That’s right: “Former Special Assistant to President Trump.” Just to make the connection crystal clear.


2. Donors Give to Super PACs to Curry Influence with Candidates (Duh)

Donors buying influence through super PACs may not be new, but 2017 helped put this reality in a new light.

In Citizens United, the Supreme Court struck down limits on independent expenditures and paved the way for super PACs under the assumption that spending by nominally “independent” groups “undermines the value of an expenditure to the candidate” and “alleviates the danger” that independent spending poses a risk of corrupting candidates.

Part of the logic behind allowing super PACs to raise and spend unlimited amounts is the assumption that donors give to support the PAC’s mission and message, rather than to buy influence with candidates. Since Citizens United, however, we’ve seen a proliferation of super PACS that are staffed by close associates of candidates, receive blessings from the campaigns they support, and spend more than ever; in the 2016 cycle, super PACs spent more than a billion dollars.

The Rebuilding America Now (RAN) super PAC is a good demonstration of the limits of Citizens United’s logic.

In mid-2016, RAN was the super PAC for the Trump campaign. The group was started by two Trump campaign staffers, who launched it just weeks after leaving the campaign (in violation of the FEC’s “cooling off” period, prompting a complaint from Campaign Legal Center). Vice President Mike Pence appeared in one of their fundraising appeals, and told donors that “Supporting Rebuild America Now is one of the best ways to stop Hillary Clinton and help elect Donald Trump our next president!"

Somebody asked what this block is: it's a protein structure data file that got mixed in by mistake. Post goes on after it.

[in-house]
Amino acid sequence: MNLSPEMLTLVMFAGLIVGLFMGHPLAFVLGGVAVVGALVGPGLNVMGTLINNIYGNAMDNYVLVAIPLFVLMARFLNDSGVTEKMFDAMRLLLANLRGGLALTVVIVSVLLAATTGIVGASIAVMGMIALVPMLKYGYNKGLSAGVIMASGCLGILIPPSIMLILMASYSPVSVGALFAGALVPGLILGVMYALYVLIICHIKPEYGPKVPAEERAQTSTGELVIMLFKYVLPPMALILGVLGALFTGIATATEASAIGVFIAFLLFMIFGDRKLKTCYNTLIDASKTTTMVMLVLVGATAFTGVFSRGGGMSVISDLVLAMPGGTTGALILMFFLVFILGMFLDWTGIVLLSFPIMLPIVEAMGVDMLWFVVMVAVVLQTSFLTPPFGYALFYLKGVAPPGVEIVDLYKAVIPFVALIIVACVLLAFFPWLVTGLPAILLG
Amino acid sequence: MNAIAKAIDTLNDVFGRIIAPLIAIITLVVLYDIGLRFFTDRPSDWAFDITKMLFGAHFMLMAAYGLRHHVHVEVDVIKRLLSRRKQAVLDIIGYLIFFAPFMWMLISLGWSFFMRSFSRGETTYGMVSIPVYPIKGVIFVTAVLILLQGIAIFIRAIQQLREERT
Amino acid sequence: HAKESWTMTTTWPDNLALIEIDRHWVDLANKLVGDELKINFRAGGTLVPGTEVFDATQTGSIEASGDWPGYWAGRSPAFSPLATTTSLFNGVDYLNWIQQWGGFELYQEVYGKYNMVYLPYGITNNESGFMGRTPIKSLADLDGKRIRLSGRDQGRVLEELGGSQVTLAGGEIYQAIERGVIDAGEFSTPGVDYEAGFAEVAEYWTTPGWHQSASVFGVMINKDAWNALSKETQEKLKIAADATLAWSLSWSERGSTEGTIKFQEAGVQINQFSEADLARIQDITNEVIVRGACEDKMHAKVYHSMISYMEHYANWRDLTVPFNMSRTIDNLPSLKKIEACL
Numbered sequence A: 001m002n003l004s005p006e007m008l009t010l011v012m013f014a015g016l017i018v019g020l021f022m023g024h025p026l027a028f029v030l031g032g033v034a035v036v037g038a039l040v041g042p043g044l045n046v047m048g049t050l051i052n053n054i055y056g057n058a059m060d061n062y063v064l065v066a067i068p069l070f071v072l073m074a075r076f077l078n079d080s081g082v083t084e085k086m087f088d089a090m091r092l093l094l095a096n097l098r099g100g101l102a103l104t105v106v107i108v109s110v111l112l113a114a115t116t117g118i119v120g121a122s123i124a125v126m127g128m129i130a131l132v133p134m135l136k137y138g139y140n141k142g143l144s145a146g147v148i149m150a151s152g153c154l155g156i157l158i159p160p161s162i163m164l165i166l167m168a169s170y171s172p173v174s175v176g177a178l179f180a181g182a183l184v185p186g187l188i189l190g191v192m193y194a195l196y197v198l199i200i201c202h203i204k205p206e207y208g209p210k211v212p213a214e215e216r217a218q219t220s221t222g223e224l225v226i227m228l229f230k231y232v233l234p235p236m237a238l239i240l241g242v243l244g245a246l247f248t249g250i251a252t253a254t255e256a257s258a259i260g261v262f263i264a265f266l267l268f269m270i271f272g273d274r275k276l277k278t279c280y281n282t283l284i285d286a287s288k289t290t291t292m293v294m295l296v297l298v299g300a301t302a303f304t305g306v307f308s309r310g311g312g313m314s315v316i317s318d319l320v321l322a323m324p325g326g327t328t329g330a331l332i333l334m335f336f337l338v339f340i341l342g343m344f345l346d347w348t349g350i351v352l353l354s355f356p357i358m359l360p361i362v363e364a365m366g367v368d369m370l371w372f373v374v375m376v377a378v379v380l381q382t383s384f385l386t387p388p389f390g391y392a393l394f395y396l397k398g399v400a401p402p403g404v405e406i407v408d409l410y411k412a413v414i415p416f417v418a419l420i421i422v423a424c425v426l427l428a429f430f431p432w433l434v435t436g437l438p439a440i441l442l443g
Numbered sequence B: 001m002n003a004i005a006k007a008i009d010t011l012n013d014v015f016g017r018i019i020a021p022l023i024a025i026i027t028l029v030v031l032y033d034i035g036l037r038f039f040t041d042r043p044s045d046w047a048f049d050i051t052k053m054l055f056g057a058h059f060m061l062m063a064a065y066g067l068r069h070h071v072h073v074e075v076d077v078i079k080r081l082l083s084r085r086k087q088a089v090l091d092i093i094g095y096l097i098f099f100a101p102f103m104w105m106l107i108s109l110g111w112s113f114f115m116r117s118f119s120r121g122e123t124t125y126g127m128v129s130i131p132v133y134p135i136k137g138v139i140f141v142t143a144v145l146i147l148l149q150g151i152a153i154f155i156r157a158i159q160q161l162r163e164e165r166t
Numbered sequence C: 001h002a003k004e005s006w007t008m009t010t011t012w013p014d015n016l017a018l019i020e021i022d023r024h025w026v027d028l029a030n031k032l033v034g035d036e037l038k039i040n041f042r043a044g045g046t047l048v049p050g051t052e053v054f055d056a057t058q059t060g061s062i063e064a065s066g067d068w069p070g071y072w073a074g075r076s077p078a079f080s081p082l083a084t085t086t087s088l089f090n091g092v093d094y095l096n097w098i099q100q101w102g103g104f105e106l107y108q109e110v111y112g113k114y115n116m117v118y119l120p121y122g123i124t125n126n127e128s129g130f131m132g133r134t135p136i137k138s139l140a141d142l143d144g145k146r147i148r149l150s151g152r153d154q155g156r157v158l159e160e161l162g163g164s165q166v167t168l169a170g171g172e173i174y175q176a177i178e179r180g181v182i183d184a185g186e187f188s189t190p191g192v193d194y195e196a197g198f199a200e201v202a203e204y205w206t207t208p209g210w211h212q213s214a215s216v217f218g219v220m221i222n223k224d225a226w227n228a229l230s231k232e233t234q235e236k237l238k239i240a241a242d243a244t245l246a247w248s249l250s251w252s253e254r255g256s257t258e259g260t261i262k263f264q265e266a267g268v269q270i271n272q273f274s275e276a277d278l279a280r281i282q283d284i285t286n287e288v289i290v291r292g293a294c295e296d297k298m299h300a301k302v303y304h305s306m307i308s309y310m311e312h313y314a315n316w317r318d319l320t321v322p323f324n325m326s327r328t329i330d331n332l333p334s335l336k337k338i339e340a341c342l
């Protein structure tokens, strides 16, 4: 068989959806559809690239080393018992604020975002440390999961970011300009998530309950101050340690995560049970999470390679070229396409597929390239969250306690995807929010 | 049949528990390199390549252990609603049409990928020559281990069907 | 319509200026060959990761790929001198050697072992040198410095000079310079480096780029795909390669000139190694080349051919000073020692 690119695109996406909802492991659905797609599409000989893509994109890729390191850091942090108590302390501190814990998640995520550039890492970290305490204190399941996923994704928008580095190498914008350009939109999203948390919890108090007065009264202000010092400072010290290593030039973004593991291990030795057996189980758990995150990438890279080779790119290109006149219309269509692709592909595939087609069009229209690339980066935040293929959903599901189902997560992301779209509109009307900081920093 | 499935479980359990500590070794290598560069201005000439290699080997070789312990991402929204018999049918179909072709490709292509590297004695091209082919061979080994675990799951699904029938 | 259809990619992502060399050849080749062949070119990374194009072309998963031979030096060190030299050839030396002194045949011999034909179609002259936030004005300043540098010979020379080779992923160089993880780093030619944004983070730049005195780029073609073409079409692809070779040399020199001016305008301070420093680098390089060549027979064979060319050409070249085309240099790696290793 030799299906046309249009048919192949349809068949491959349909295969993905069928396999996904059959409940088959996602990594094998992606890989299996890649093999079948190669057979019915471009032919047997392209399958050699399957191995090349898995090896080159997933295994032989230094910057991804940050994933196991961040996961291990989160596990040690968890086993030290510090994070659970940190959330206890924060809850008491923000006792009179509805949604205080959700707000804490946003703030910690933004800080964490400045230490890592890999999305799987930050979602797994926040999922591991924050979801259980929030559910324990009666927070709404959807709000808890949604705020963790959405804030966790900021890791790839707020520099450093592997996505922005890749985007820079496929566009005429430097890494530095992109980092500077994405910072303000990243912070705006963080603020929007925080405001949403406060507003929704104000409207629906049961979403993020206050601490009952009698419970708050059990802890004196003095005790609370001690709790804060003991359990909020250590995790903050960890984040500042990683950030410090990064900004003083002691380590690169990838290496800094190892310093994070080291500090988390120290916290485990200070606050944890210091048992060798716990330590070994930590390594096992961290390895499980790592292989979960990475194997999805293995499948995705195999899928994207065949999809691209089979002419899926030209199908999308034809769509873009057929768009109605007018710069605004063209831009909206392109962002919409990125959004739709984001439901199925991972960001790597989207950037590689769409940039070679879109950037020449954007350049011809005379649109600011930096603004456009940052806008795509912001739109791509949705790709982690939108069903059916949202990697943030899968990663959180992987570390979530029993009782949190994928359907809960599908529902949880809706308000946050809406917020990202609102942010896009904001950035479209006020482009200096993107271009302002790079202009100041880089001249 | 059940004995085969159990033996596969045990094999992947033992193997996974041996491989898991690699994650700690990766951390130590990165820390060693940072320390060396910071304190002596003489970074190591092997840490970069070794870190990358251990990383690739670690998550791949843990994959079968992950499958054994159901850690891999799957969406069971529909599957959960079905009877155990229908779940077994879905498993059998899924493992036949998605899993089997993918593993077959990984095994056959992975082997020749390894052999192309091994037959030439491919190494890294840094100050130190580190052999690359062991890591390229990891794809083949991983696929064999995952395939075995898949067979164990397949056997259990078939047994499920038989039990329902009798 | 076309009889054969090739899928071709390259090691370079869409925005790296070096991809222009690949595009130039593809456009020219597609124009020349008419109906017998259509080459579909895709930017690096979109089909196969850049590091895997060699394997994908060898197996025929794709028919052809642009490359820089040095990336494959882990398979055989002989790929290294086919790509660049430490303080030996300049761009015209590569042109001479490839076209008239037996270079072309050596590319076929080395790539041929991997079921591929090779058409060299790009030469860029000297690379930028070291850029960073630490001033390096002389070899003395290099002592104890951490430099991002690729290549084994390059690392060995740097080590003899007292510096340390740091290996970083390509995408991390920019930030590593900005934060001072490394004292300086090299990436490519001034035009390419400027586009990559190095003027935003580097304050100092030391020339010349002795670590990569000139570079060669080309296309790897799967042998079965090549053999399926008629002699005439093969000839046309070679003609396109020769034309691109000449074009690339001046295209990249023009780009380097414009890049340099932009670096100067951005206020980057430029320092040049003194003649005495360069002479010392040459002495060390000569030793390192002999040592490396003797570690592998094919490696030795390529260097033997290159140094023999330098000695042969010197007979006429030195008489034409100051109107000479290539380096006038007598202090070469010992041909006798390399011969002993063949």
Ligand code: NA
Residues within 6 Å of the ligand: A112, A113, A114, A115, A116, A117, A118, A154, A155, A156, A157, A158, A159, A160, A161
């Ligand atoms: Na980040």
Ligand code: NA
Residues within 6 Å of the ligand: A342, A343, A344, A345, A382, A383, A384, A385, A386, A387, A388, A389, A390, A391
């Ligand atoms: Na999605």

Many of those big donors saw their investments pay off. The private prison giant GEO Group gave RAN $225,000 through a subsidiary, and in 2017 saw the Trump administration reverse an Obama-era policy phasing-out private prisons. The Trump administration also granted GEO a multimillion dollar government contract for new facilities, like this one planned for Texas. RAN also got $450,000 from the mining industry, and saw its investments pay off in the form of slashed regulations, as the Center for Responsive Politics observed. Linda McMahon gave $6 million to RAN in 2016, and became President Trump’s pick to lead the Small Business Administration.

However, once RAN itself found itself on the outside of Trump’s inner circle, the donations dried up. It turns out that donors didn’t give to RAN because they loved its mission and its message; they gave because of its perceived proximity to Trump.

The two men who launched RAN, Laurance Gay and Ken McKay, were associates of Paul Manafort. When Manafort was Trump’s campaign manager, he brought the two onto the campaign, and blessed their formation of the super PAC.